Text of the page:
Despite a tearful plea for leniency from O.J. Simpson, a Las Vegas judge today sentenced him to 16 years in prison for the kidnapping and robbery of two sports memorabilia dealers.
Simpson would be eligible for parole in nine years under the sentence handed down by Clark County District Court Judge Jackie Glass.
Before he was sentenced, Simpson apologized to Glass for his conduct.
"In no way did I mean to hurt anybody, to steal anything from anybody," the former NFL star said. "I just wanted my personal things."
Earlier, Glass rejected a request by his lawyers to free him pending appeals. Glass also sentenced co-defendant Clarence Stewart to 15 years in prison; he is eligible for parole after 7 1/2 years.
Simpson, 61, was convicted Oct. 3 for kidnapping and armed robbery, among other charges. Defense attorneys Yale Galanter and Gabriel Grasso are planning to appeal.
A prosecutor described Simpson as a "ringleader" who deserved a stiffer sentence than Stewart. It was the Hall of Famer, he said, who secured the two handguns and rounded up accomplices.
"He chose to use force and violence to take this property," said Clark County Dist. Atty. David Roger.
Simpson's defense had asked for the most lenient sentence possible -- six to 17 1/2 years in prison. State parole authorities had recommended at least 18 years in prison.
Grasso noted in court today that neither victim was there asking that Simpson be sent to prison.
"I think that says a lot," Grasso said.
Galanter told the judge that while the gridiron great's actions "reeked of stupidity," they were not meant to cause harm.
"In Mr. Simpson's mind ... what he was doing truly was a retrieval of his own property," Galanter said. "What it was was a highly emotional stupid act that violated the law."
Among those in the courtroom to hear the sentencing was Fred Goldman, whose son was slain alongside Simpson's ex-wife in 1994. Simpson was tried for the murders, but acquitted in 1995.
Given a chance to address the judge, Simpson, dressed in a blue jail-issued uniform and shackled at the waist, spoke in a low voice, wobbling with emotion. He said that before the confrontation with the dealers, he had contacted his ex-wife's family and told them "I had a chance to get some of our property back."
Items stolen from him over the years, he said, included precious family heirlooms, his former wife's wedding ring and a photo of him with President Gerald Ford. He said he hoped to give these to his children.
"This was the first time I had an opportunity to catch the guys red-handed who had been stealing from my family," he said.
In the spectator's gallery, his daughter, Arnelle, stared down into her lap.
In the aftermath of Simpson's conviction, Galanter had said that the jury of nine women and three men reached the verdict because of his 1995 acquittal in the double-murder trial of ex-wife Nicole Brown Simpson and her friend Ronald Goldman -- not because of what unfolded in room 1203 of the Palace Station hotel.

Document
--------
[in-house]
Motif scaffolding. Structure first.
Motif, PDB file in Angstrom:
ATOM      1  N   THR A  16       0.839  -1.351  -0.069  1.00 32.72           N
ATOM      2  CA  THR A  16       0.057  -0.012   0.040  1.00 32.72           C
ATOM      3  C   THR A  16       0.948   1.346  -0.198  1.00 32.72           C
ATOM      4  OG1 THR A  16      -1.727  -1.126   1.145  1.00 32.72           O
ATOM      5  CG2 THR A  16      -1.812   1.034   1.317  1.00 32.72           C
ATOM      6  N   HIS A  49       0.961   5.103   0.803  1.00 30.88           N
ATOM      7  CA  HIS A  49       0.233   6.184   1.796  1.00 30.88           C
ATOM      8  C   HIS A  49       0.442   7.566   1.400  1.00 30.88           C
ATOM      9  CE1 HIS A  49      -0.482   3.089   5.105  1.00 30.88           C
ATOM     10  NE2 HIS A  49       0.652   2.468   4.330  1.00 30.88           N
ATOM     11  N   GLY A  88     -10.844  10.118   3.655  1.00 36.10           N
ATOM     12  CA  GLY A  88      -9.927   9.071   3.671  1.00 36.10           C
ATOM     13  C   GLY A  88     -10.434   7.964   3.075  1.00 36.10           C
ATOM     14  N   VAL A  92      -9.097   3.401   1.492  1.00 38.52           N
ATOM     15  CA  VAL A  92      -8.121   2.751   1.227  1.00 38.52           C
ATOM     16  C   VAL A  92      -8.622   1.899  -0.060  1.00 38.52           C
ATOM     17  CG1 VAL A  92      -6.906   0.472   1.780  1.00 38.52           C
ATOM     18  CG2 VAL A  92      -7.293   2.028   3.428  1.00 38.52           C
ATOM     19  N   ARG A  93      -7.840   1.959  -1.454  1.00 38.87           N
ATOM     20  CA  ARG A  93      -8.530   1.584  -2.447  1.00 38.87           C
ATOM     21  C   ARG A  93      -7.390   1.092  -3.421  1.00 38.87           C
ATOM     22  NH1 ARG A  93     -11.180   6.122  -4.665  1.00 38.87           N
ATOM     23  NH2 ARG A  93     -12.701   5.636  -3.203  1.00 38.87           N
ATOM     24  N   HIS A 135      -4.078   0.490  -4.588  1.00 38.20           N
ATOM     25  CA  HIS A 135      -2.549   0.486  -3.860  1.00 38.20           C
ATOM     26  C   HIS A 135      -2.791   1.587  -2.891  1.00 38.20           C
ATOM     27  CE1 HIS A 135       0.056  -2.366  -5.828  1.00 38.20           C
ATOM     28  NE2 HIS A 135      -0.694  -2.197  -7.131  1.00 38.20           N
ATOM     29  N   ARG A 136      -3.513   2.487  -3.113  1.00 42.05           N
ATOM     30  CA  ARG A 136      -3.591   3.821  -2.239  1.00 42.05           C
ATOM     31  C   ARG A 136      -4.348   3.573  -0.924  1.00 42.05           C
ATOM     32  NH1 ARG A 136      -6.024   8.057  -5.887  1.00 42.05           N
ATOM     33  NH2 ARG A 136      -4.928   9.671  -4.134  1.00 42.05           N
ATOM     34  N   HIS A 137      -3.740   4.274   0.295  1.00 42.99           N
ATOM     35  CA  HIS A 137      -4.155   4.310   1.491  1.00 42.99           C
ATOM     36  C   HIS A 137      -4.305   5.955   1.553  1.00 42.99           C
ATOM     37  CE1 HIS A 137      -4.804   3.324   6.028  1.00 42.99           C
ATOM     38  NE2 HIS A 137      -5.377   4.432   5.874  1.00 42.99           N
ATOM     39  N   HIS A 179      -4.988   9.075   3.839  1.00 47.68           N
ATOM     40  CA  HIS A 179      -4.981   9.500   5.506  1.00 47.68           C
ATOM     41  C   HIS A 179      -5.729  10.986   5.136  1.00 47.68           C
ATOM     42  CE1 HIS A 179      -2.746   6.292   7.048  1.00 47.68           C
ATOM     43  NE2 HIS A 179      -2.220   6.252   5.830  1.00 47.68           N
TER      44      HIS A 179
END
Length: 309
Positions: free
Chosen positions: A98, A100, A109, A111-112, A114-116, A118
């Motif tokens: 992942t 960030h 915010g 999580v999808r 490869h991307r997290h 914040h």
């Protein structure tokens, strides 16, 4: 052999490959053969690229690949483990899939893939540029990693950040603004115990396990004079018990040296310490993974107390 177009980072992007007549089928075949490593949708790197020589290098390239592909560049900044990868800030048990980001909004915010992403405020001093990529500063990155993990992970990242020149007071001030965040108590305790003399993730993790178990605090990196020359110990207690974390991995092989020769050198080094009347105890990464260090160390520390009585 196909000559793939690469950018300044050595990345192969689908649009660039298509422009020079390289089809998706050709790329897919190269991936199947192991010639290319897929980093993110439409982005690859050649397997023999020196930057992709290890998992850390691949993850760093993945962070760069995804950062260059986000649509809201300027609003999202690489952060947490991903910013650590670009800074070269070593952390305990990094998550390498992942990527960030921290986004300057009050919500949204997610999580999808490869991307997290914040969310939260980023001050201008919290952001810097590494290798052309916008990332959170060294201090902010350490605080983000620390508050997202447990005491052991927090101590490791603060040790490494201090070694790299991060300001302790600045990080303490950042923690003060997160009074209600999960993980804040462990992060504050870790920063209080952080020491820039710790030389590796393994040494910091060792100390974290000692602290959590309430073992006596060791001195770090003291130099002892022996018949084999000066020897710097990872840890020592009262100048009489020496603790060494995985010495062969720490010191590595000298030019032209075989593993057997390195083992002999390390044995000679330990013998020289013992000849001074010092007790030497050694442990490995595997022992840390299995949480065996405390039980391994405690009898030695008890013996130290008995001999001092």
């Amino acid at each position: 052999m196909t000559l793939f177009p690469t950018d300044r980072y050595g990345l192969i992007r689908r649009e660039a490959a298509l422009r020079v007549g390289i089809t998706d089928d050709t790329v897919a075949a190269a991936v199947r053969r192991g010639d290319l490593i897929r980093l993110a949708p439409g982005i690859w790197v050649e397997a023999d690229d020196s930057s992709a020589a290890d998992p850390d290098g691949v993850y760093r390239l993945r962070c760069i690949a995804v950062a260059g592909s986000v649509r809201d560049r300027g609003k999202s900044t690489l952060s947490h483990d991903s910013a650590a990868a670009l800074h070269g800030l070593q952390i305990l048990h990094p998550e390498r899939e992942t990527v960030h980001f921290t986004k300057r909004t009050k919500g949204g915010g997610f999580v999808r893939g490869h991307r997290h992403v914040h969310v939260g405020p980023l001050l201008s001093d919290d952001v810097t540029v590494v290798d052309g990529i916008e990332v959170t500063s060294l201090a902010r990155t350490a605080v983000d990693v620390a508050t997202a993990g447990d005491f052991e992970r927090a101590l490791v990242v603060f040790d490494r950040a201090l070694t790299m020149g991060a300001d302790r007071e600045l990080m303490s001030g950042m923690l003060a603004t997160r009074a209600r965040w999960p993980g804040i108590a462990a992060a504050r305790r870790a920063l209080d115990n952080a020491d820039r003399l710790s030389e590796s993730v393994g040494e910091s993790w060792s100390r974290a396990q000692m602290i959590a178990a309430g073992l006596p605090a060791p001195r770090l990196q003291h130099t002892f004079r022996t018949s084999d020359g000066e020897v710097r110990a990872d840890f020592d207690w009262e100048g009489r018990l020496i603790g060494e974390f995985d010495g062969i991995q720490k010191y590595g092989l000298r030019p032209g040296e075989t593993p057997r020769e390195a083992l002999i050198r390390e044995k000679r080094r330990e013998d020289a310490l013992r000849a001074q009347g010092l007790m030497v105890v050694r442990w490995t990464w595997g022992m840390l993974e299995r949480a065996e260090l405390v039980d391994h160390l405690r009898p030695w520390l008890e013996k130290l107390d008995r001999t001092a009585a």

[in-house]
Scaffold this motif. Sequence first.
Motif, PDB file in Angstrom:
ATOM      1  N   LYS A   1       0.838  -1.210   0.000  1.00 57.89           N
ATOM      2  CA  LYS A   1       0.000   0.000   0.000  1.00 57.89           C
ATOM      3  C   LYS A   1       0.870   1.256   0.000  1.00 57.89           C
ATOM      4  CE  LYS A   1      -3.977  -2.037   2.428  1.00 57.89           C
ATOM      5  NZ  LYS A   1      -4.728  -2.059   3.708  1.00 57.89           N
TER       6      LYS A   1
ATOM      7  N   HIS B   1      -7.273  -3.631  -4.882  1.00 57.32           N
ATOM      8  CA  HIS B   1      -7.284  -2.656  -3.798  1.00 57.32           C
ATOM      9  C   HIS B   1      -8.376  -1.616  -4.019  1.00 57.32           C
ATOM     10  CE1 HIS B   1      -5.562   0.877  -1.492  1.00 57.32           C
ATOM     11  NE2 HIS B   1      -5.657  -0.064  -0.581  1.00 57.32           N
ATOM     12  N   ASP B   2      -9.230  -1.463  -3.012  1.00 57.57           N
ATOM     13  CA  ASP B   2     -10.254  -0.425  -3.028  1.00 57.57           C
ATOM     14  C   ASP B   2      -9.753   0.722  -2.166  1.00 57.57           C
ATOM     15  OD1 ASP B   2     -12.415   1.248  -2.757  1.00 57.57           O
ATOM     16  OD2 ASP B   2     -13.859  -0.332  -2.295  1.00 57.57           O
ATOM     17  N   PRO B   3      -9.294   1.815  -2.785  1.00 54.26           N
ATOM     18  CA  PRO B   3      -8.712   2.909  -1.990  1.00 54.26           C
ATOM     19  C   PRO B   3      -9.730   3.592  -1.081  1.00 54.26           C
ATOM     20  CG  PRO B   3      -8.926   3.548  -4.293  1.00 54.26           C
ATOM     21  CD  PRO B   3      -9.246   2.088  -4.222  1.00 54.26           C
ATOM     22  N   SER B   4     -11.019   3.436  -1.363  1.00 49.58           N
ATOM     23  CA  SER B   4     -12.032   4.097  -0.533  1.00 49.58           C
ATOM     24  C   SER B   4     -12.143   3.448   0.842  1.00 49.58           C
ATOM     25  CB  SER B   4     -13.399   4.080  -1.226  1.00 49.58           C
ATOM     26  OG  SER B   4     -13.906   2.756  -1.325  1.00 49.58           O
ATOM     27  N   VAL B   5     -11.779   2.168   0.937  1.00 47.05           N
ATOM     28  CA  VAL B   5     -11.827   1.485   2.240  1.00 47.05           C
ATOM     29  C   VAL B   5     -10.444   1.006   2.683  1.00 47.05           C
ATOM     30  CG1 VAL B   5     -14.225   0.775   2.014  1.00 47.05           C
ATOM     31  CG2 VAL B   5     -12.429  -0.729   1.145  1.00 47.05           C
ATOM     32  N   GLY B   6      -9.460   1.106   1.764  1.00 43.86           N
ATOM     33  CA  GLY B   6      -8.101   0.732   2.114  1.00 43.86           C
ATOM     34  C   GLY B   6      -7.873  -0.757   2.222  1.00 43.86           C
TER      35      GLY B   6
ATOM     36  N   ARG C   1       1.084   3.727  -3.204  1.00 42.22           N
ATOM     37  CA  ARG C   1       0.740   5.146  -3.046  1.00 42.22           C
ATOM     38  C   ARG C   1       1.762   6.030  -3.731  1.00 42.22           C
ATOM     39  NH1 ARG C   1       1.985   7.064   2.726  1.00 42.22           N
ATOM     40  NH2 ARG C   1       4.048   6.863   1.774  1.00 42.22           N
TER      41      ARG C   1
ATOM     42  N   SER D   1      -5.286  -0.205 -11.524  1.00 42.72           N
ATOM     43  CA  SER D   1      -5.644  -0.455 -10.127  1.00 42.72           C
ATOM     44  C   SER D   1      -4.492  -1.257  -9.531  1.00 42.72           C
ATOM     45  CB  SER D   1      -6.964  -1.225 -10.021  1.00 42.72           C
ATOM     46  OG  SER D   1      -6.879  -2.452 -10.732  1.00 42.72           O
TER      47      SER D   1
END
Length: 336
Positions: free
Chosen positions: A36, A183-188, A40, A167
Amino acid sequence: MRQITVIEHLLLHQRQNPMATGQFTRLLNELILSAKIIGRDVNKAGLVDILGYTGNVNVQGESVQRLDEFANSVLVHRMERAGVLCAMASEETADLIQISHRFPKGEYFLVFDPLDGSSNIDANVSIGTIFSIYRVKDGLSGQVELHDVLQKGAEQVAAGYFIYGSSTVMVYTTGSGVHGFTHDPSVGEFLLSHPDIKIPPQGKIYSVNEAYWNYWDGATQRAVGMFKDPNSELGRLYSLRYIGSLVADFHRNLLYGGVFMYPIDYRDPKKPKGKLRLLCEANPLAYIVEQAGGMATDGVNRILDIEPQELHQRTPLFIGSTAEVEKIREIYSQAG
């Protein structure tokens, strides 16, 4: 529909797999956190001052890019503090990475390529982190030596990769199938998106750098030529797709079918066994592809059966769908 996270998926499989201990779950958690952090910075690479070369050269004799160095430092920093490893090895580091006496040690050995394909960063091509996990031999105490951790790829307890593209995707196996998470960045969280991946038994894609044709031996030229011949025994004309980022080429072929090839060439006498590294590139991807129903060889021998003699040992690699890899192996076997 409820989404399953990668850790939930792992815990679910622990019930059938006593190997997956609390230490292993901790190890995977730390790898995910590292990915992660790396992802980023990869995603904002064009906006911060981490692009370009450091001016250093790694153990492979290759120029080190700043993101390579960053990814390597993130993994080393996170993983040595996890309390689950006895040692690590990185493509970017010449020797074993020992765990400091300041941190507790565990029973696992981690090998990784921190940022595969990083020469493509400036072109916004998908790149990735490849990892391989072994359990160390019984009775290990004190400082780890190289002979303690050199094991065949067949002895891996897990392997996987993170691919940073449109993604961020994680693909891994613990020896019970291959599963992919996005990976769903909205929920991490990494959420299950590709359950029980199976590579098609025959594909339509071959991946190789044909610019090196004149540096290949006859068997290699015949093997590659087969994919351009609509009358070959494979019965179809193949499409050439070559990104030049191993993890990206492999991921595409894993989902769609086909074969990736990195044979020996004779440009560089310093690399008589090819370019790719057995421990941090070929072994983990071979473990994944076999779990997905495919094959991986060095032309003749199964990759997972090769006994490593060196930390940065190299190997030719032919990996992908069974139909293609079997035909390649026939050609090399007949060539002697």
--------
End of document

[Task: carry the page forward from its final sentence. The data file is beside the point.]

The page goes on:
The attorney had said he hoped the 1995 acquittal -- which capped a lengthy trial that became a national obsession -- wouldn't sway Judge Glass.
"O.J. comes into court with a lot of baggage," Galanter said Thursday. "Even though he was acquitted in the mid-'90s, the public perception is that he did it." A civil jury in 1997 found Simpson liable for the deaths.
Defense attorneys argued that though Simpson showed poor judgment when he and five cohorts carried out $100,000 in footballs, baseballs and lithographs on Sept. 13, 2007, he was merely trying to recover stolen belongings.
A middleman named Thomas Riccio tricked the memorabilia dealers into meeting a "wealthy buyer" at the hotel, where Riccio secretly recorded their six-minute encounter with an angry Simpson.
Afterward, Simpson cohort Michael McClinton, who testified for the prosecution, taped the football great talking about "the piece" -- the gun Simpson purportedly asked McClinton to bring.
Simpson's actions, defense attorneys said, were not those "of a hardened criminal mind." They asked Glass for the minimum sentence: six years.
"Simpson was not an individual storming a bank and taking property that belonged to others," the attorneys wrote. "Simpson was not a defendant that bound and gagged people while their personal possessions were being taken. . . . This was an individual who truly believed he was not committing a crime."
Dist. Atty. Roger and prosecutor Chris Owens had declined to speak to the media about the case before the sentencing.
Howard Brooks, a county public defender who runs the appellate unit, said Glass had been criticized for "cutting off the defense and not allowing them to present witnesses."
But during sentencing, Brooks said, she's known to be fair and willing to listen to both sides.
"Any case involving violence, you'd typically see a harsh sentence," he said. "This is not an ordinary robbery case. The facts of this case cry out for a less harsh sentence. This is a case that's normally plea-bargained."
Simpson's co-defendant, Stewart, 54, is also expected to appeal. His lawyers have said he couldn't get a fair trial paired with a celebrity known for a murder acquittal.
Powers and Ryan are Times staff writers.Copyright © 2015, Los Angeles Times